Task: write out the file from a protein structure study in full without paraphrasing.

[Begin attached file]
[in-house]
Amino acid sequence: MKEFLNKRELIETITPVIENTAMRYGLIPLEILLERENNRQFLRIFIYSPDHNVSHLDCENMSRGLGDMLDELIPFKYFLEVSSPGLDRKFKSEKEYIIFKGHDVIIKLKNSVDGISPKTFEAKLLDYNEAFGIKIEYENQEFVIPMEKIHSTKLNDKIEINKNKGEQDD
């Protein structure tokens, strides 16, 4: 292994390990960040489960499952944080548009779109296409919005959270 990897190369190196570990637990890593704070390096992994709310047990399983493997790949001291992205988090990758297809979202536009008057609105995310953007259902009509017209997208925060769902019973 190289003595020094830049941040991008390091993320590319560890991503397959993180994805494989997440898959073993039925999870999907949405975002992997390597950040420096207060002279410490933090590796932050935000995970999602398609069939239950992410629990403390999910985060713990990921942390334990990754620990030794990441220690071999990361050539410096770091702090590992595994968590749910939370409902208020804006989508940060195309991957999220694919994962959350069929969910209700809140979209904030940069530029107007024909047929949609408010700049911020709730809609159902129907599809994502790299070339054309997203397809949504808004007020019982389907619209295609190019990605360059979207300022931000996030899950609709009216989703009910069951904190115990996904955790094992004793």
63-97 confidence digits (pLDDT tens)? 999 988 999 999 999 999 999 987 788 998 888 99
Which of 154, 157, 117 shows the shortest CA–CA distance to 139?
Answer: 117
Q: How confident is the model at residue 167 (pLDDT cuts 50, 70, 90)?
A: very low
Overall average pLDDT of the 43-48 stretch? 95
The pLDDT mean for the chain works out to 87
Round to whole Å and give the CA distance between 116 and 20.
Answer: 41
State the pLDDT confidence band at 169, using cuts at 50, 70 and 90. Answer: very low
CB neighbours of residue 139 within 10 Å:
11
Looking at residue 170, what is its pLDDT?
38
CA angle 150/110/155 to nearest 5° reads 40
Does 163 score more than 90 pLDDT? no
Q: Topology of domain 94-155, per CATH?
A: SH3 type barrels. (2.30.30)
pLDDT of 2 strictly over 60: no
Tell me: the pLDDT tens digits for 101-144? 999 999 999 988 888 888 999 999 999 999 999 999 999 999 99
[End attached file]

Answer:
[in-house]
Amino acid sequence: MKEFLNKRELIETITPVIENTAMRYGLIPLEILLERENNRQFLRIFIYSPDHNVSHLDCENMSRGLGDMLDELIPFKYFLEVSSPGLDRKFKSEKEYIIFKGHDVIIKLKNSVDGISPKTFEAKLLDYNEAFGIKIEYENQEFVIPMEKIHSTKLNDKIEINKNKGEQDD
């Protein structure tokens, strides 16, 4: 292994390990960040489960499952944080548009779109296409919005959270 990897190369190196570990637990890593704070390096992994709310047990399983493997790949001291992205988090990758297809979202536009008057609105995310953007259902009509017209997208925060769902019973 190289003595020094830049941040991008390091993320590319560890991503397959993180994805494989997440898959073993039925999870999907949405975002992997390597950040420096207060002279410490933090590796932050935000995970999602398609069939239950992410629990403390999910985060713990990921942390334990990754620990030794990441220690071999990361050539410096770091702090590992595994968590749910939370409902208020804006989508940060195309991957999220694919994962959350069929969910209700809140979209904030940069530029107007024909047929949609408010700049911020709730809609159902129907599809994502790299070339054309997203397809949504808004007020019982389907619209295609190019990605360059979207300022931000996030899950609709009216989703009910069951904190115990996904955790094992004793």
63-97 confidence digits (pLDDT tens)? 999 988 999 999 999 999 999 987 788 998 888 99
Which of 154, 157, 117 shows the shortest CA–CA distance to 139?
Answer: 117
Q: How confident is the model at residue 167 (pLDDT cuts 50, 70, 90)?
A: very low
Overall average pLDDT of the 43-48 stretch? 95
The pLDDT mean for the chain works out to 87
Round to whole Å and give the CA distance between 116 and 20.
Answer: 41
State the pLDDT confidence band at 169, using cuts at 50, 70 and 90. Answer: very low
CB neighbours of residue 139 within 10 Å:
11
Looking at residue 170, what is its pLDDT?
38
CA angle 150/110/155 to nearest 5° reads 40
Does 163 score more than 90 pLDDT? no
Q: Topology of domain 94-155, per CATH?
A: SH3 type barrels. (2.30.30)
pLDDT of 2 strictly over 60: no
Tell me: the pLDDT tens digits for 101-144? 999 999 999 988 888 888 999 999 999 999 999 999 999 999 99